|26.||Studier FW,Bandyopadhyay PK. Model for how type I restriction enzymes select cleavage sites in DNAProc. Natl Acad. Sci. USAYear: 198885467746812838843|
|27.||Szczelkun MD,Janscak P,Firman K,Halford SE. Selection of non-specific DNA cleavage sites by the type IC restriction endonuclease EcoR124IJ. Mol. Biol.Year: 19972711121239300058|
|28.||Szczelkun MD. Kinetic models of translocation, head-on collision, and DNA cleavage by type I restriction endonucleasesBiochemistryYear: 2002412067207411827554|
|29.||Sistla S,Rao DN. S-Adenosyl-L-methionine-dependent restriction enzymesCrit. Rev. Biochem. Mol. Biol.Year: 20043911915121719|
|30.||Peakman LJ,Antognozzi M,Bickle TA,Janscak P,Szczelkun MD. S-adenosyl methionine prevents promiscuous DNA cleavage by the EcoP1I type III restriction enzymeJ. Mol. Biol.Year: 200333332133514529619|
|31.||Malone T,Blumenthal RM,Cheng X. Structure-guided analysis reveals nine sequence motifs conserved among DNA amino-methyltransferases, and suggests a catalytic mechanism for these enzymesJ. Mol. Biol.Year: 19952536186327473738|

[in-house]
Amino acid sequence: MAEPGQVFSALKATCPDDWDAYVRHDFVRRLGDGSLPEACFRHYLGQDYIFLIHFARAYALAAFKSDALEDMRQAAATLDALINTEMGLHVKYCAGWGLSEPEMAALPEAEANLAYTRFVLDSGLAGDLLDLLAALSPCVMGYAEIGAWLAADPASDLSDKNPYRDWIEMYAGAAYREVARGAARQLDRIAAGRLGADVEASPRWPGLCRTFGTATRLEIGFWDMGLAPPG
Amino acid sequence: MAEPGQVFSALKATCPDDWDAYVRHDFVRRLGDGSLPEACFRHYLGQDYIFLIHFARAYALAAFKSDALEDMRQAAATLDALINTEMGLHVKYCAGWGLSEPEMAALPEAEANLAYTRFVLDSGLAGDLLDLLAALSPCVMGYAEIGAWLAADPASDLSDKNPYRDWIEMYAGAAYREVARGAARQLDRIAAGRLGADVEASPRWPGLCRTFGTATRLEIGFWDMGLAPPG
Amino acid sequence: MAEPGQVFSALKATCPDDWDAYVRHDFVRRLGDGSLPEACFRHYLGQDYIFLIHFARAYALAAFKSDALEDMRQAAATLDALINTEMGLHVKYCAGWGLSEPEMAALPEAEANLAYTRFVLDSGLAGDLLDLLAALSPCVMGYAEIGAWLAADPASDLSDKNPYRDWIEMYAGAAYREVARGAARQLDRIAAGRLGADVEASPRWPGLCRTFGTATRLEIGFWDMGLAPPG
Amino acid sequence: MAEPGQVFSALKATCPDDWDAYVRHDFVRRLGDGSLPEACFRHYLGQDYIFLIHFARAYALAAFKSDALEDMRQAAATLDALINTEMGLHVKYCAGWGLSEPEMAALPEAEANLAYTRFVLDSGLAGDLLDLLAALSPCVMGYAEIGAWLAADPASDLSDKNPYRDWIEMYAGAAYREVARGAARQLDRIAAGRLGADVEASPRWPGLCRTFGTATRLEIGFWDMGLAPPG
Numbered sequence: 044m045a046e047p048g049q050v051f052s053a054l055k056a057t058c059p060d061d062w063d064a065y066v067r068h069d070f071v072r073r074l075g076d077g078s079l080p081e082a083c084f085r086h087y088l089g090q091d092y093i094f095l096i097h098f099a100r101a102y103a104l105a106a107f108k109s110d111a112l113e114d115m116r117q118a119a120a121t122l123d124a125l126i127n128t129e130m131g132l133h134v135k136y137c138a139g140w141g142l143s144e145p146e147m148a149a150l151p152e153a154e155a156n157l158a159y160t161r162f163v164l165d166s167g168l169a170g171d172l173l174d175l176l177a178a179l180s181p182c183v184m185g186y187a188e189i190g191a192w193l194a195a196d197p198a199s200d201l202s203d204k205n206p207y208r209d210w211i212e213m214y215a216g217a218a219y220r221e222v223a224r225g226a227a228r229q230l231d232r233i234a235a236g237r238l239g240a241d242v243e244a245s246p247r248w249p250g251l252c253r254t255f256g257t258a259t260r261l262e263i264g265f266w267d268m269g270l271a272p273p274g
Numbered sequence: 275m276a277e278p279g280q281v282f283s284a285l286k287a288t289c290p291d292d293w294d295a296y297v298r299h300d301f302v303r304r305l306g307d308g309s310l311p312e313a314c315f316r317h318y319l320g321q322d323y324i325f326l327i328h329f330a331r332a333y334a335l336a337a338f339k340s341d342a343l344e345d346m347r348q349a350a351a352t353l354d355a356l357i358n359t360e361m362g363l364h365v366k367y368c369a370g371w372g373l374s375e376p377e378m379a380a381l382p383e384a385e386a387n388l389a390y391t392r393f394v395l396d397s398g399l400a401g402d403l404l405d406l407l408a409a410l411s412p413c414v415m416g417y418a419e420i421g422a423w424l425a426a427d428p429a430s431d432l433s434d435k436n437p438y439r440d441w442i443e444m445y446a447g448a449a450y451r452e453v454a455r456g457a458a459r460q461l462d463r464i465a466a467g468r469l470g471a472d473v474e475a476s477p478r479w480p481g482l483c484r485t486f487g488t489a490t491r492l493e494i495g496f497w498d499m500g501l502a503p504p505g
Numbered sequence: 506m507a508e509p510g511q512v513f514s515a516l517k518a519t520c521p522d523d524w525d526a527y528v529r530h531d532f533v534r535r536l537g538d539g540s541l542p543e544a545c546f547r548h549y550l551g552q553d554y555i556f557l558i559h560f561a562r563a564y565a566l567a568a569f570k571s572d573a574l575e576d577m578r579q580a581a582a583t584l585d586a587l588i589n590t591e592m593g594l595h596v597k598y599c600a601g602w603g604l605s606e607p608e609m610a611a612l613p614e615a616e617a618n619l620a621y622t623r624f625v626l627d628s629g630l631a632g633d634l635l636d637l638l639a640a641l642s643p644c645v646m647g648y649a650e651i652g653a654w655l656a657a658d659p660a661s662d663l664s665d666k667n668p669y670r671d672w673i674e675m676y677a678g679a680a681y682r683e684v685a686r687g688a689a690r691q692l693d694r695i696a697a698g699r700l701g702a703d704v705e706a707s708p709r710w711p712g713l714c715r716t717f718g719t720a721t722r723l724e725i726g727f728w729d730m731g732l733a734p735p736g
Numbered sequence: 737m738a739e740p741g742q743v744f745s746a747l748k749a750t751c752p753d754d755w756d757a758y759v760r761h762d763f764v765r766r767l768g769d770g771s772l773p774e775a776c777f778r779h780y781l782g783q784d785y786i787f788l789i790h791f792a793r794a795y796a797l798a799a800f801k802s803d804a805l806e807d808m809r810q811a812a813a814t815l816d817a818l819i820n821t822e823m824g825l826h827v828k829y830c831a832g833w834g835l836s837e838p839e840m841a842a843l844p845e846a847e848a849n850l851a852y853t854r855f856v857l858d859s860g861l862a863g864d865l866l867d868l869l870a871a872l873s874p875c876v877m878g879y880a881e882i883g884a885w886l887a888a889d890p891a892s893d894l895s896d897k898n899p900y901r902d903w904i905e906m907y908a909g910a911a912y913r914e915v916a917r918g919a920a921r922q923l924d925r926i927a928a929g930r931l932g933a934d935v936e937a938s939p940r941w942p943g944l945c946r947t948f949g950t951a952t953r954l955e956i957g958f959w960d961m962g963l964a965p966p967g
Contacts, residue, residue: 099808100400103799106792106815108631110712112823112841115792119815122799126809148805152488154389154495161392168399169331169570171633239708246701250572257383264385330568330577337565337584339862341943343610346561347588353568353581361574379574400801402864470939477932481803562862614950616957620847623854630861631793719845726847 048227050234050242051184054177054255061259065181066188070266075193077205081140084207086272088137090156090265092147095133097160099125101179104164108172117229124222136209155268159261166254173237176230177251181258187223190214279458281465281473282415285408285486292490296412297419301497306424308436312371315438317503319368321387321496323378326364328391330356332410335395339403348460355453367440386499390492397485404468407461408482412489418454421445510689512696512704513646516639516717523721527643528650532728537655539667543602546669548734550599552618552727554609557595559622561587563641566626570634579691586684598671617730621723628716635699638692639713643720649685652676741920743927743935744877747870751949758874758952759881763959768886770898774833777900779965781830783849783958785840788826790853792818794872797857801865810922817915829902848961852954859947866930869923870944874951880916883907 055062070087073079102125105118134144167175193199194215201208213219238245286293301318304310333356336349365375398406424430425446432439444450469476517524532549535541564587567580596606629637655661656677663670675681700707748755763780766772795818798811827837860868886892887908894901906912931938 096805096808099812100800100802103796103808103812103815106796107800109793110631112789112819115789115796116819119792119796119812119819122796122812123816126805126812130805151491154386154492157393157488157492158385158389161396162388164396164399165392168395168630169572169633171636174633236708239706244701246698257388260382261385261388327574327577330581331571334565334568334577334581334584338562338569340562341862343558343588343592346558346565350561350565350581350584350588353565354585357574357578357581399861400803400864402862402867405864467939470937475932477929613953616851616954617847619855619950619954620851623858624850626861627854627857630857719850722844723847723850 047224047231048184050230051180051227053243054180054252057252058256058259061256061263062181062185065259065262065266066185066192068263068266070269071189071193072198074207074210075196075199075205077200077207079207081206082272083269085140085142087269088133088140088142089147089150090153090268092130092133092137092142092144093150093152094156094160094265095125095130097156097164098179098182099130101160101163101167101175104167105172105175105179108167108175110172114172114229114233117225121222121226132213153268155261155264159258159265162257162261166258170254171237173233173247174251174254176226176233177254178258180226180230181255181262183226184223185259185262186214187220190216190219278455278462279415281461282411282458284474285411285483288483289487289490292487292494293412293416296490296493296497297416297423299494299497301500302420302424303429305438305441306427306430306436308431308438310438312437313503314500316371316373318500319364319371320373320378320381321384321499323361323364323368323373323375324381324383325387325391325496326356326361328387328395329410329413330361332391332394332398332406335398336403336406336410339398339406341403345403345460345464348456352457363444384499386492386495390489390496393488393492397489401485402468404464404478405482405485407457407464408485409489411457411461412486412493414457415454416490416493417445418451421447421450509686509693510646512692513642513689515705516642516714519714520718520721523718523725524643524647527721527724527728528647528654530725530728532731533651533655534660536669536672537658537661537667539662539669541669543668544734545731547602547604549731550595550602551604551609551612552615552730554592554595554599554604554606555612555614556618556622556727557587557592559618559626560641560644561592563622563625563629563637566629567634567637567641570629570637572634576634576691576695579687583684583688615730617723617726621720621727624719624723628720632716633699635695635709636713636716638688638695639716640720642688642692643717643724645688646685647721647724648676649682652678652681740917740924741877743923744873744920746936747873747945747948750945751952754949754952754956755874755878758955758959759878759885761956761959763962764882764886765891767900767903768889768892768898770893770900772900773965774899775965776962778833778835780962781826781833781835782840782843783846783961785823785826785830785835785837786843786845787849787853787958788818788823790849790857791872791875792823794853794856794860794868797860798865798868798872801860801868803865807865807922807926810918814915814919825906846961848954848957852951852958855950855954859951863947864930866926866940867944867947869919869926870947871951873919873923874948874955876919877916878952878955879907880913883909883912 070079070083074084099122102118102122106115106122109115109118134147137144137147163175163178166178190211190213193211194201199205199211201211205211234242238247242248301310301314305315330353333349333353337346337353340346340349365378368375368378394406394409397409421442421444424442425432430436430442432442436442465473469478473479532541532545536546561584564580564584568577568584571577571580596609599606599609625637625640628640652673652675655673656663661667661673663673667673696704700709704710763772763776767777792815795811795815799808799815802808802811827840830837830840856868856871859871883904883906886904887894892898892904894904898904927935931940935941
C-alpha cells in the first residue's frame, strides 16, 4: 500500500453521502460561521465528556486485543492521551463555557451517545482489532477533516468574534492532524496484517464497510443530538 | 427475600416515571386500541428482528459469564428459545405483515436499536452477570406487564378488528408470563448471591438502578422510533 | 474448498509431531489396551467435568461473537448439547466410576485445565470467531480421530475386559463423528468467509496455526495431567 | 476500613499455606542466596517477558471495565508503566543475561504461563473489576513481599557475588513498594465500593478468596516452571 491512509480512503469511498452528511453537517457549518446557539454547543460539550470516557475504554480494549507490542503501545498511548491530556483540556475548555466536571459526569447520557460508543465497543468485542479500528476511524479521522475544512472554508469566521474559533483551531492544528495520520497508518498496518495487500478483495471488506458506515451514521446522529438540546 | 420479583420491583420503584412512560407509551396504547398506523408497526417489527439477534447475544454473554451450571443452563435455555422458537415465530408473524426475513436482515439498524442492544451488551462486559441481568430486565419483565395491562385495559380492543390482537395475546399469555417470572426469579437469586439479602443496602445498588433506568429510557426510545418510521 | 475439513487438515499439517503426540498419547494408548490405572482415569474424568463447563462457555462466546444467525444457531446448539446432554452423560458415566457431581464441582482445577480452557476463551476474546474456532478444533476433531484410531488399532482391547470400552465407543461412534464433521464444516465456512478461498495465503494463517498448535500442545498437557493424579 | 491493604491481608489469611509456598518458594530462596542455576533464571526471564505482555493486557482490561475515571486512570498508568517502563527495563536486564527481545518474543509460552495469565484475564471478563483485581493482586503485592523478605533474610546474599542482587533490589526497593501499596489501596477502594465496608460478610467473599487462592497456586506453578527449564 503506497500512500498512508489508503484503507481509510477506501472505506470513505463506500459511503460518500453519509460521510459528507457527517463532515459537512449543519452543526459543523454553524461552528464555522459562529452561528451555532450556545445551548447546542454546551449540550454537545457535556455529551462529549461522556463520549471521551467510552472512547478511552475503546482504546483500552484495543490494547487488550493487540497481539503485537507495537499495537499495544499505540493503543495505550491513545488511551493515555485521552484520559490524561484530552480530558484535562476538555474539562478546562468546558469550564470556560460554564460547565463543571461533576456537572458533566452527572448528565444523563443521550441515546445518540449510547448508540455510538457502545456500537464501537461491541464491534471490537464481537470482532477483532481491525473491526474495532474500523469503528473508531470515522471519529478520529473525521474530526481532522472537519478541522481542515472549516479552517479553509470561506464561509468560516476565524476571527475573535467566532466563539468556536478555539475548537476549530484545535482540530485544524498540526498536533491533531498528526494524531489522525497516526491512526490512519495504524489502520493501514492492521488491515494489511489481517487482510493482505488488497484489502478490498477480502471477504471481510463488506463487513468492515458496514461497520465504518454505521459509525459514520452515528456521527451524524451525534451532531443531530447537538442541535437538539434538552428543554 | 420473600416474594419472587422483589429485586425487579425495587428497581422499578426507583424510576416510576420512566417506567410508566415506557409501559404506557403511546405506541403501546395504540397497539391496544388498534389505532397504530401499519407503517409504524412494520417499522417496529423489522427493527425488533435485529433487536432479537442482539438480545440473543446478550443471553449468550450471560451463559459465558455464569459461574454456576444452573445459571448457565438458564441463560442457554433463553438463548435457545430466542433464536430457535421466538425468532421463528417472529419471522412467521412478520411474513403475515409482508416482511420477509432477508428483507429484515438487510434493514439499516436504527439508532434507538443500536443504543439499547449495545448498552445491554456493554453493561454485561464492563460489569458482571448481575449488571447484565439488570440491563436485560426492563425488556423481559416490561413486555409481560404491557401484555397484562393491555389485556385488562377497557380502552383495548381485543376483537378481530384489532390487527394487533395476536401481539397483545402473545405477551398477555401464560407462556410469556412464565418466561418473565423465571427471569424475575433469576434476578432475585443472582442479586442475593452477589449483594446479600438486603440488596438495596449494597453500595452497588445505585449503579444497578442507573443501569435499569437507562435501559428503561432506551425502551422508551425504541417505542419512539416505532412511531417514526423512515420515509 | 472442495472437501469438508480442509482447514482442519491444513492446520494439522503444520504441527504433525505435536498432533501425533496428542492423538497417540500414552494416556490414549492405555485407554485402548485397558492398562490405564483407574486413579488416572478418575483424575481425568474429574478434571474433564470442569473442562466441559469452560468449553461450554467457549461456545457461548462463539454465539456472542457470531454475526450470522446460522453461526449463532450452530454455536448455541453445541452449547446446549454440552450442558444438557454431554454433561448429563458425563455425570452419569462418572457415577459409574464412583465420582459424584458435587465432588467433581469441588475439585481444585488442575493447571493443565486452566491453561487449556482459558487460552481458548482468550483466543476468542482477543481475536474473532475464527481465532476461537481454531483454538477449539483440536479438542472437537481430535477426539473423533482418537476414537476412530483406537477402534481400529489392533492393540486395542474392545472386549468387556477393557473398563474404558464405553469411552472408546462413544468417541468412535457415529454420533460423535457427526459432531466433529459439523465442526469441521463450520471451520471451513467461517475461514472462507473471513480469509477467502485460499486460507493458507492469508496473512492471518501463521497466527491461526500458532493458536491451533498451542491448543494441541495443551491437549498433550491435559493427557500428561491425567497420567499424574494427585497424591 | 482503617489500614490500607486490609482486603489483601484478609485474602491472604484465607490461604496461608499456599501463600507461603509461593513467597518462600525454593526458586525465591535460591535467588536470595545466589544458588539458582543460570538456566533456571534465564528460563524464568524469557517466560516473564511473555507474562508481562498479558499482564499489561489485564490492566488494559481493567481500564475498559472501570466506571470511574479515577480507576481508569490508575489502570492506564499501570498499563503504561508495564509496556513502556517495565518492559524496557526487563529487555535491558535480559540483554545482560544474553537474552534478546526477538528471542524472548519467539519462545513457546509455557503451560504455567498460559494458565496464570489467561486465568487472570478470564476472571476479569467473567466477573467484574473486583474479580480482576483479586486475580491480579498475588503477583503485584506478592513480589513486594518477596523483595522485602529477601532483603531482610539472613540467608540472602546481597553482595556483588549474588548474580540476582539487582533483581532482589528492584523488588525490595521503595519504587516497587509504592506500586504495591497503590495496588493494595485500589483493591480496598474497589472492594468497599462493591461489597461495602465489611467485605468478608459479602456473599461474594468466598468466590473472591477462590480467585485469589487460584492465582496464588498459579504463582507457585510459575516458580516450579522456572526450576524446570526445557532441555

|32.||Meisel A,Bickle TA,Kr?ger DH,Schroeder C. Type III restriction enzymes need two inversely oriented recognition sites for DNA cleavageNatureYear: 19923554674691734285|
|33.||Meisel A,Mackeldanz P,Bickle TA,Kruger DH,Schroeder C. Type III restriction endonucleases translocate DNA in a reaction driven by recognition site-specific ATP hydrolysisEMBO J.Year: 199514295829667796821|
|34.||Morgan RD,Dwinell EA,Bhatia TK,Lang EM,Luyten YA. The MmeI family: type II restriction-modification enzymes that employ single-strand modification for host protectionNucleic Acids Res.Year: 2009 doi:10.1093/nar/gkp534.|